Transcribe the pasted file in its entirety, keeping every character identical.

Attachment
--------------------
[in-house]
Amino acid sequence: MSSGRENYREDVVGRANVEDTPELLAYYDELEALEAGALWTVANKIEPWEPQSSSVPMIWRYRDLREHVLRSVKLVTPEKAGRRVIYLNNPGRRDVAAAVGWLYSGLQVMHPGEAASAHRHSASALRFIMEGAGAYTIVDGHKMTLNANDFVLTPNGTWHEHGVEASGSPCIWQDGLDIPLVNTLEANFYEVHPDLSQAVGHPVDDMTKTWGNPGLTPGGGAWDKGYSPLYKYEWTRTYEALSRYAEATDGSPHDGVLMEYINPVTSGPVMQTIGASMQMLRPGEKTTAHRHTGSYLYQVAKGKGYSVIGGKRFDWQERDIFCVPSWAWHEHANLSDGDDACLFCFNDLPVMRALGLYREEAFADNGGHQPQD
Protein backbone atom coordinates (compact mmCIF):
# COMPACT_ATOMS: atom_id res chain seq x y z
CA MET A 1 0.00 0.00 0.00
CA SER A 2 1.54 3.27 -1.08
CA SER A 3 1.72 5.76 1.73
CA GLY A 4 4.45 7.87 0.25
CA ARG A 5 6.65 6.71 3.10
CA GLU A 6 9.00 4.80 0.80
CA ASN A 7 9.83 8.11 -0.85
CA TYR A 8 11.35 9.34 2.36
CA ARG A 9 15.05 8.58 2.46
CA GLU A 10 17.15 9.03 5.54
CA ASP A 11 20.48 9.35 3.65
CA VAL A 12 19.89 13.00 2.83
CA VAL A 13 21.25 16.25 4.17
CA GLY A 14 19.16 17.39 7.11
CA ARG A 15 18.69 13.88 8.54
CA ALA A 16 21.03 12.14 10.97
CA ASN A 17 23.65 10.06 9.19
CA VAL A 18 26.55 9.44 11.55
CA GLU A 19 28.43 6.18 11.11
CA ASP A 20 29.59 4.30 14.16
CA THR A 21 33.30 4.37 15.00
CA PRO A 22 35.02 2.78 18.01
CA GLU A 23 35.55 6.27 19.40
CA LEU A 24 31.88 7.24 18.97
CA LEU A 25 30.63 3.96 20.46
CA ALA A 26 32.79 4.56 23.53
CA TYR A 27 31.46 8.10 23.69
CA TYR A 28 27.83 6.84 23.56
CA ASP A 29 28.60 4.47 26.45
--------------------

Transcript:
[in-house]
Amino acid sequence: MSSGRENYREDVVGRANVEDTPELLAYYDELEALEAGALWTVANKIEPWEPQSSSVPMIWRYRDLREHVLRSVKLVTPEKAGRRVIYLNNPGRRDVAAAVGWLYSGLQVMHPGEAASAHRHSASALRFIMEGAGAYTIVDGHKMTLNANDFVLTPNGTWHEHGVEASGSPCIWQDGLDIPLVNTLEANFYEVHPDLSQAVGHPVDDMTKTWGNPGLTPGGGAWDKGYSPLYKYEWTRTYEALSRYAEATDGSPHDGVLMEYINPVTSGPVMQTIGASMQMLRPGEKTTAHRHTGSYLYQVAKGKGYSVIGGKRFDWQERDIFCVPSWAWHEHANLSDGDDACLFCFNDLPVMRALGLYREEAFADNGGHQPQD
Protein backbone atom coordinates (compact mmCIF):
# COMPACT_ATOMS: atom_id res chain seq x y z
CA MET A 1 0.00 0.00 0.00
CA SER A 2 1.54 3.27 -1.08
CA SER A 3 1.72 5.76 1.73
CA GLY A 4 4.45 7.87 0.25
CA ARG A 5 6.65 6.71 3.10
CA GLU A 6 9.00 4.80 0.80
CA ASN A 7 9.83 8.11 -0.85
CA TYR A 8 11.35 9.34 2.36
CA ARG A 9 15.05 8.58 2.46
CA GLU A 10 17.15 9.03 5.54
CA ASP A 11 20.48 9.35 3.65
CA VAL A 12 19.89 13.00 2.83
CA VAL A 13 21.25 16.25 4.17
CA GLY A 14 19.16 17.39 7.11
CA ARG A 15 18.69 13.88 8.54
CA ALA A 16 21.03 12.14 10.97
CA ASN A 17 23.65 10.06 9.19
CA VAL A 18 26.55 9.44 11.55
CA GLU A 19 28.43 6.18 11.11
CA ASP A 20 29.59 4.30 14.16
CA THR A 21 33.30 4.37 15.00
CA PRO A 22 35.02 2.78 18.01
CA GLU A 23 35.55 6.27 19.40
CA LEU A 24 31.88 7.24 18.97
CA LEU A 25 30.63 3.96 20.46
CA ALA A 26 32.79 4.56 23.53
CA TYR A 27 31.46 8.10 23.69
CA TYR A 28 27.83 6.84 23.56
CA ASP A 29 28.60 4.47 26.45